Tuesday, June 28, 2011

Next stop Alaska

Sitting in an airport lounge awaiting my flight to Vancouver, I think back to that night 4 months ago when my dear friend asked me if I wanted to go to Alaska with her for her birthday.  I was at my parents house at the time, high on narcotics, in a wheelchair, all around miserable.  June seemed a million years and a lifetime away.  A vacation in Alaska with dear friends a reason to get out bed the next morning.  Yes, I said immediately.  I'd love to.  I've always wanted to go to Alaska, the only place I've ever wanted to go on a cruise.  It sounded perfect

Now months later, I can't believe that it is reality.  In a few hours I'll be in Canada, tomorrow we board that ship to cruise up to Anchorage.  I have no idea how it is that it is June already, but I can't wait.  I may post pictures of glaciers calving into the ocean, of the wildlife we see, or I may not.  Just know that I am so happy to be Alaska bound with dear friends.

Thursday, June 16, 2011

An S&M relationship for good!

I’m in a Sadistic/ Masochistic relationship, and I like it.  Now don’t get any crazy ideas, but really I let this guy strap electrodes to my leg, put me in a 40 pound flack jacket and then do exercises, and that is just the beginning.  Yep, I’m talking about my physical therapist.  Still I go back twice a week because he knows what he’s doing and I’m getting better.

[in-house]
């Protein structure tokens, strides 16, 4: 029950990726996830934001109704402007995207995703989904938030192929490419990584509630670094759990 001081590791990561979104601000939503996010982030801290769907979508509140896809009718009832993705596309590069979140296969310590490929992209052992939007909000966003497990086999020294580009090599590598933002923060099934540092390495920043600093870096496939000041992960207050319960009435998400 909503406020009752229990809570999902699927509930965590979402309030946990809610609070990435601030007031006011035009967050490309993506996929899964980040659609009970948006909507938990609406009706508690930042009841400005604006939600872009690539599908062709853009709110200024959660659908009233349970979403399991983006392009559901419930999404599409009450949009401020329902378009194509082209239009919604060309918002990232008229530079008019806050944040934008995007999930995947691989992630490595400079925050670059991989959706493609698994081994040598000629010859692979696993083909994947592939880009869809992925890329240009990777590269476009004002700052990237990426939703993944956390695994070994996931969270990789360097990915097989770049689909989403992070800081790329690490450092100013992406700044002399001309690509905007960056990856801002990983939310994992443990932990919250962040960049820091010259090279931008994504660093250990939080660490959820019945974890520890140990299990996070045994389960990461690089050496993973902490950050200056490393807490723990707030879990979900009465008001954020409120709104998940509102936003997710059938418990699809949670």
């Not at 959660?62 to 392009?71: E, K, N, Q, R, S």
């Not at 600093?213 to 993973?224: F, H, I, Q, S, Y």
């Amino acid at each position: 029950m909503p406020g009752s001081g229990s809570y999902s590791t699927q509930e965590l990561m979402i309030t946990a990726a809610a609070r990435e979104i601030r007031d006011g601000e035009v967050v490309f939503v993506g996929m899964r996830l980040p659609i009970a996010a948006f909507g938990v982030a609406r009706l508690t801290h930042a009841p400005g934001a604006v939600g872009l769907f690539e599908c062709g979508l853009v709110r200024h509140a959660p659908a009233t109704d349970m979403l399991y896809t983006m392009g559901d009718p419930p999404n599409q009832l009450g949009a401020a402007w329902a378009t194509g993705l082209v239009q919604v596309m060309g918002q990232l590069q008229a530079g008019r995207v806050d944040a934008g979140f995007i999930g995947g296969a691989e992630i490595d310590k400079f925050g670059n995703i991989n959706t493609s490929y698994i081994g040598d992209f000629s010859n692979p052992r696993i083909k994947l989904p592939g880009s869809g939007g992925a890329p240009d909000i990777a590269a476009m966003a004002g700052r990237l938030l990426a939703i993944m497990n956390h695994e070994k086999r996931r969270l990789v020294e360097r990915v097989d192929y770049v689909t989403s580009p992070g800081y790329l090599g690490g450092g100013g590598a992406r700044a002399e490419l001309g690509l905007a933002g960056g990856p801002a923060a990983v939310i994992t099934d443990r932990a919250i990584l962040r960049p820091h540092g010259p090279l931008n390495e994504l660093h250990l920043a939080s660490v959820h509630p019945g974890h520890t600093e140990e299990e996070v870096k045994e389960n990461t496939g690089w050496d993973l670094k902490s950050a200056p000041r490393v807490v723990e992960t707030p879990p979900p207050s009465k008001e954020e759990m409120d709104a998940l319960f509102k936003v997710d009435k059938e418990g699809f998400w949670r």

Physical therapy is a funny thing. Recovering from a surgery, especially one as extensive as mine, PT is essential.  However, physical therapy can do so much more.   I have friends in PT now for dog bites, bad backs, sore knees etc.  Sometimes we take how we move and how we exercise for granted. We focus on the big muscle groups or how far or hard we ride/ run/swim as we train.  Rarely, does anyone take a break and think about the muscles in your foot, hand, spine etc that makes all that possible.  Yet, in part that is the job of a PT.  Here’s a few snippets of my journey…

I have a deinnervated foot, half an ankle, a quad that had a section of it removed, and then significant muscular atrophy from months of sitting around doing nothing.  The first thing that my PT started working on was regaining my flexibility.  Then we progressed to work on my foot and ankle. You can’t stand if you have no strength in your ankle.  Think about it. First exercise assigned:  Pick up marbles with your toes!  Yep, I spent 15 minutes trying to make my little toes that can’t feel and can barely control to pick up marbles and drop them in a pitcher.  Good fun, 3 months later, I rock this exercise!